Japanese marketer Masayuki Takeda graduated from The Copenhagen MBA program (full-time) at Copenhagen Business School in 2009.
As the increasingly fragmented marketing world evolves into an industry disrupted by digital tools and data, he has since co-authored two books exploring today’s marketing strategies.
Masayuki is an accomplished marketer, having worked as a marketing consultant on corporate branding projects for large Japanese companies in the consumer goods sector. Through The Copenhagen MBA, he was able to develop further his expertise and in particular, learn more about the B2B marketing space.
Masayuki benefited from CBS’ leadership development camp and consultancy project, and the use of case studies as a teaching tool, which are less common in Japan. He also values the Danish business school’s diverse cohort.
Alongside co-authoring two books – loosely translated to: Success Stories: A Marketing Encyclopaedia, and Learn Success Stories of Marketing Strategy – which have sold a combined 17,500 copies, he has moved into a management position at Brainsgate, a medical device company specializing in improving the outcome of patients suffering from ischemic strokes.
He ultimately hopes to increase Japanese firms’ competitiveness, especially SMEs, by developing the marketing skill-sets of their employees.
What inspired both your first and second books?
By utilizing my knowledge about marketing theory, cases and experiences, I wanted to contribute to enlightening Japanese business people, because it had been said that Japanese companies were behind western countries in marketing.
In addition, as this [book writing] was group work with my boss who had already authored many books, I wanted to learn from him.
What success have the books had?
In the case of the first book, it sold well after they published it in June 2013. It ran a second impression in July; a third impression in October; and a fourth impression in February 2015. In total 11,500 copies have been sold.
This has been used as a text book for entry- to mid-career marketing and sales professionals, as well as for marketing classes in universities and graduate schools.
As a result of our success of the first book, the same editor requested that my boss and I write a second. This book also sold well, with 6,000 total copies sold, winning an award of excellence.
You have a marketing background. In which ways has an MBA improved your abilities in this area?
My ability in marketing was improved – especially in B2B marketing - through the integrated strategy project in The Copenhagen MBA.
In spite of having touched only on consumer goods marketing before my MBA, I have now focused on new customer development and consulting work for industrial goods and service companies, such as car and airplane parts manufacturers and machinery companies.
This is because I got experience through a case study, in which I had to develop a new business for an industrial printer company.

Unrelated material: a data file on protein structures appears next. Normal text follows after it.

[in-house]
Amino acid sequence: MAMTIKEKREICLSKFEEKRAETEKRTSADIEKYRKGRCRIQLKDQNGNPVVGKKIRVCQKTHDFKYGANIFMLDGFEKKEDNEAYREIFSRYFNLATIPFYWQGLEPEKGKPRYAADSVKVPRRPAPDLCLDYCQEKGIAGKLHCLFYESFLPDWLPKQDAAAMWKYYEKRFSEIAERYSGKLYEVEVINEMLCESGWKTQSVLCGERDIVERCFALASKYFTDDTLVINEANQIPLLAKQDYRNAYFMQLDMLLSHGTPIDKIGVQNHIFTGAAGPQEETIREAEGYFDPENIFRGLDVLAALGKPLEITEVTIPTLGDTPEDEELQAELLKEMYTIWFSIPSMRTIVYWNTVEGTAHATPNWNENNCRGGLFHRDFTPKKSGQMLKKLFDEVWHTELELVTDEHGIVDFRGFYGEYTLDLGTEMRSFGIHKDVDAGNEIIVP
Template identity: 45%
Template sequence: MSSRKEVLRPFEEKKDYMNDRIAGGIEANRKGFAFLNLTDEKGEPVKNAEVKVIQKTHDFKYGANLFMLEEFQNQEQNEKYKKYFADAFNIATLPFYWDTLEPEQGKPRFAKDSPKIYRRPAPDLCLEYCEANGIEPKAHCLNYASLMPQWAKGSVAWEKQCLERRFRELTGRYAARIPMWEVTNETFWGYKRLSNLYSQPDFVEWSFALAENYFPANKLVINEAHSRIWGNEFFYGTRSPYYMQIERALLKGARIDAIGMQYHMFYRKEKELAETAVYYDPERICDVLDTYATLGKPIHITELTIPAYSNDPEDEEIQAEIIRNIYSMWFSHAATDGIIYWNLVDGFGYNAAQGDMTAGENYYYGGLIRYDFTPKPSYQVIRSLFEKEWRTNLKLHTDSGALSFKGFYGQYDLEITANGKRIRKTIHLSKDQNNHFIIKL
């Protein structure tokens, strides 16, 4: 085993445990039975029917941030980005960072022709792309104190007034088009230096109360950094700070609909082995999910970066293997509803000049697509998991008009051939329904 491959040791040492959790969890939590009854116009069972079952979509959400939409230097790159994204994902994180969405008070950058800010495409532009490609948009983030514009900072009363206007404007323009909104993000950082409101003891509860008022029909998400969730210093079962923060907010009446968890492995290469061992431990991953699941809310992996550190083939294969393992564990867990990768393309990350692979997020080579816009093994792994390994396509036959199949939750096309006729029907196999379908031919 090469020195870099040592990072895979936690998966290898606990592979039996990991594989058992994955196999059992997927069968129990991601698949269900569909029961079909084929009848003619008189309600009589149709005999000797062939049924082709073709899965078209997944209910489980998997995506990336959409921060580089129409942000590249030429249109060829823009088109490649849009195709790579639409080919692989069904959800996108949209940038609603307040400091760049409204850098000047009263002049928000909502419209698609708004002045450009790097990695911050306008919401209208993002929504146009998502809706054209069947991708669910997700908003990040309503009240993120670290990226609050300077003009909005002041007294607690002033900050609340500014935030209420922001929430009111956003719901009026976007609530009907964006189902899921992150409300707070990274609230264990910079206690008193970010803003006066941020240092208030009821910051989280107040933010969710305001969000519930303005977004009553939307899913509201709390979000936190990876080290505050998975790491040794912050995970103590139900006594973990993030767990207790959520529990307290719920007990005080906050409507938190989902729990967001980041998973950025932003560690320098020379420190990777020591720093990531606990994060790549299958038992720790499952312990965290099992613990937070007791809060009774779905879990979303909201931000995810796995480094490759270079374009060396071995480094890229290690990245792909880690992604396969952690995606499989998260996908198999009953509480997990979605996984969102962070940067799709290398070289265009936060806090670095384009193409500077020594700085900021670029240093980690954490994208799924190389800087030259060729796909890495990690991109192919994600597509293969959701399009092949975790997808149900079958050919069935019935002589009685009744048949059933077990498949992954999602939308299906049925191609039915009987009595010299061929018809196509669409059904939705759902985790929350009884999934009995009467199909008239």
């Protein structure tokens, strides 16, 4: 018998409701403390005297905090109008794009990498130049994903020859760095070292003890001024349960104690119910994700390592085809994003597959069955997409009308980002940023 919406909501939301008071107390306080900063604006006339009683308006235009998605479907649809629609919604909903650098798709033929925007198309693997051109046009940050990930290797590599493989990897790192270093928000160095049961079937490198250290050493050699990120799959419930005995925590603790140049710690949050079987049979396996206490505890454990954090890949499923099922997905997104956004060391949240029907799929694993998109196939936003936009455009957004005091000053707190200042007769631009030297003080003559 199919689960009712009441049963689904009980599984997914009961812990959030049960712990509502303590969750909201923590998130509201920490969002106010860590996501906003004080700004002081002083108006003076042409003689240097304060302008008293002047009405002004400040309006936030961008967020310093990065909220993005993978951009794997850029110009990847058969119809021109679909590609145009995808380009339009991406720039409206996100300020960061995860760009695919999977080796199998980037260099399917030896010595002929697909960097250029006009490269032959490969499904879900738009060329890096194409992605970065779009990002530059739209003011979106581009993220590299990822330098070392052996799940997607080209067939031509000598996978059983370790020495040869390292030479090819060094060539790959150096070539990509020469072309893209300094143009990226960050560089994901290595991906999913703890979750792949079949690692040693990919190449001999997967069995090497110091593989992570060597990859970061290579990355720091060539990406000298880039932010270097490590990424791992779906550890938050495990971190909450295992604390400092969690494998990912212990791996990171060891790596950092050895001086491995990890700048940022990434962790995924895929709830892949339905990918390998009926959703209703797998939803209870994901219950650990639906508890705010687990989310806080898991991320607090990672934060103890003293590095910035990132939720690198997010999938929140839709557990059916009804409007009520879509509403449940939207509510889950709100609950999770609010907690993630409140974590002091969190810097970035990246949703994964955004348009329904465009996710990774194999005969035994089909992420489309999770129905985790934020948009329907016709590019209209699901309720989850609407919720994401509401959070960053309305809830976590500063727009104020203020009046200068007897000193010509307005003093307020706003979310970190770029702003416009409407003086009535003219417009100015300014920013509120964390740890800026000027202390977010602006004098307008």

Why did you decide to begin an MBA?
Firstly because Professor Majken Shultz of corporate branding was a faculty member of The Copenhagen MBA. Before my MBA, I had worked as a marketing consultant in corporate branding projects for large Japanese companies in the consumer goods industry [and had heard of Professor Majken].
Secondly, the world-renowned Danish design [industry] and lifestyle was interesting for me.
What made The Copenhagen MBA unique?
Firstly, the cohort is diversified in terms of nationalities, with people from all over the world, career experiences and backgrounds. In the MBA there were lawyers, pilots, army personnel, PhD holders, and business owners.
Secondly, the MBA program values practices like the Leadership Discovery Process, a special training camp; the Integrated Strategy Project, in which you consult for a company that sponsors the project; and A-board, advising entrepreneurs in Copenhagen. [These modules] emphasize the use of knowledge in real-life situations, in addition to learning through lectures.
Finally, there are many Danish business cases in the MBA program. Coming from Japan, I was not familiar with them.
What value do you place on your MBA now?
Now I value the soft skills [more] than the knowledge which I learned from The Copenhagen MBA. Through the Leadership Discovery Process, and Integrated Strategy Project, I developed a tough mind-set while under pressure.
In addition, I also enjoyed the teamwork – producing excellent [work] and achieving goals.
What does your role at Brains Gate involve?
My role involves maintaining clients and developing client relationships; managing consulting projects; [and] presenting lectures about marketing to my company.
What are your career plans for the future?
First I would like to write a new book about marketing, as a sole author. If possible, I would like to contribute to the PR [sector] in Denmark [but] here in Japan, by writing a book showcasing Danish firms’ excellent business and marketing cases, for Japanese readers.
I hope to return to Copenhagen, and I want to show the Japanese firms’ cases to Danish [businesses]. I would also like to hold marketing lectures in universities.
Finally, I want to contribute to increasing Japanese firms’ competitiveness, especially SMEs, by utilizing marketing skills.